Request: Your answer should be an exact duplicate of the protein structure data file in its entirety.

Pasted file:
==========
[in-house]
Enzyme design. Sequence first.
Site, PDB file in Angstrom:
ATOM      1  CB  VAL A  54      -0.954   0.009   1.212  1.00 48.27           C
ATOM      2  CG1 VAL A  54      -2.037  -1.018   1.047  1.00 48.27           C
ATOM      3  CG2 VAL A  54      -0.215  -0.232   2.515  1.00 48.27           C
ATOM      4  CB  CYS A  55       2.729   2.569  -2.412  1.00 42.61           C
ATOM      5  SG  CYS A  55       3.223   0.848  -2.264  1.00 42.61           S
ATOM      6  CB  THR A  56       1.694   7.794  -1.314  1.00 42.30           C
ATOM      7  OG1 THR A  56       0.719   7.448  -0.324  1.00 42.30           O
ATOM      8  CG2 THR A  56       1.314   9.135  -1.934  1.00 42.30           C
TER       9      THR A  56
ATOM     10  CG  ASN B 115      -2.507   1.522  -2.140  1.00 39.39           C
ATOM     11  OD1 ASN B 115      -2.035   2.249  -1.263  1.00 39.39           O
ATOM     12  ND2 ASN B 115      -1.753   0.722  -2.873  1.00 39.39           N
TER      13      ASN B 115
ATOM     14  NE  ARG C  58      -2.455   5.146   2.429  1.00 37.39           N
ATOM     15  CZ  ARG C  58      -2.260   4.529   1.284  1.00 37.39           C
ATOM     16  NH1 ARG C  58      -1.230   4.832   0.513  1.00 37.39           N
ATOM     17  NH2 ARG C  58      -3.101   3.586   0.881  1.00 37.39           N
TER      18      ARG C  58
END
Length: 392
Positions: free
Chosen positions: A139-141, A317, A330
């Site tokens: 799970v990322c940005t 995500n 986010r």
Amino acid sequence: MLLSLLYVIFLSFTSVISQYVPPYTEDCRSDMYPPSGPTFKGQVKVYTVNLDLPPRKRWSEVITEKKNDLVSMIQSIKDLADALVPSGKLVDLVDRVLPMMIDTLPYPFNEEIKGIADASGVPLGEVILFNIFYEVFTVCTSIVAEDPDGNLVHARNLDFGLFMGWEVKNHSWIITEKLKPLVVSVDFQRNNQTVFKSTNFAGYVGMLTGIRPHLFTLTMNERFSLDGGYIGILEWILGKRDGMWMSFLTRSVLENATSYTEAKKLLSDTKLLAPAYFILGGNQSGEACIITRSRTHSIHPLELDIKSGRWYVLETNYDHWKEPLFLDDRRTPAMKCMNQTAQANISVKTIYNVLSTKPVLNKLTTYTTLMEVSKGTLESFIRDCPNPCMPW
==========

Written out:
[in-house]
Enzyme design. Sequence first.
Site, PDB file in Angstrom:
ATOM      1  CB  VAL A  54      -0.954   0.009   1.212  1.00 48.27           C
ATOM      2  CG1 VAL A  54      -2.037  -1.018   1.047  1.00 48.27           C
ATOM      3  CG2 VAL A  54      -0.215  -0.232   2.515  1.00 48.27           C
ATOM      4  CB  CYS A  55       2.729   2.569  -2.412  1.00 42.61           C
ATOM      5  SG  CYS A  55       3.223   0.848  -2.264  1.00 42.61           S
ATOM      6  CB  THR A  56       1.694   7.794  -1.314  1.00 42.30           C
ATOM      7  OG1 THR A  56       0.719   7.448  -0.324  1.00 42.30           O
ATOM      8  CG2 THR A  56       1.314   9.135  -1.934  1.00 42.30           C
TER       9      THR A  56
ATOM     10  CG  ASN B 115      -2.507   1.522  -2.140  1.00 39.39           C
ATOM     11  OD1 ASN B 115      -2.035   2.249  -1.263  1.00 39.39           O
ATOM     12  ND2 ASN B 115      -1.753   0.722  -2.873  1.00 39.39           N
TER      13      ASN B 115
ATOM     14  NE  ARG C  58      -2.455   5.146   2.429  1.00 37.39           N
ATOM     15  CZ  ARG C  58      -2.260   4.529   1.284  1.00 37.39           C
ATOM     16  NH1 ARG C  58      -1.230   4.832   0.513  1.00 37.39           N
ATOM     17  NH2 ARG C  58      -3.101   3.586   0.881  1.00 37.39           N
TER      18      ARG C  58
END
Length: 392
Positions: free
Chosen positions: A139-141, A317, A330
């Site tokens: 799970v990322c940005t 995500n 986010r």
Amino acid sequence: MLLSLLYVIFLSFTSVISQYVPPYTEDCRSDMYPPSGPTFKGQVKVYTVNLDLPPRKRWSEVITEKKNDLVSMIQSIKDLADALVPSGKLVDLVDRVLPMMIDTLPYPFNEEIKGIADASGVPLGEVILFNIFYEVFTVCTSIVAEDPDGNLVHARNLDFGLFMGWEVKNHSWIITEKLKPLVVSVDFQRNNQTVFKSTNFAGYVGMLTGIRPHLFTLTMNERFSLDGGYIGILEWILGKRDGMWMSFLTRSVLENATSYTEAKKLLSDTKLLAPAYFILGGNQSGEACIITRSRTHSIHPLELDIKSGRWYVLETNYDHWKEPLFLDDRRTPAMKCMNQTAQANISVKTIYNVLSTKPVLNKLTTYTTLMEVSKGTLESFIRDCPNPCMPW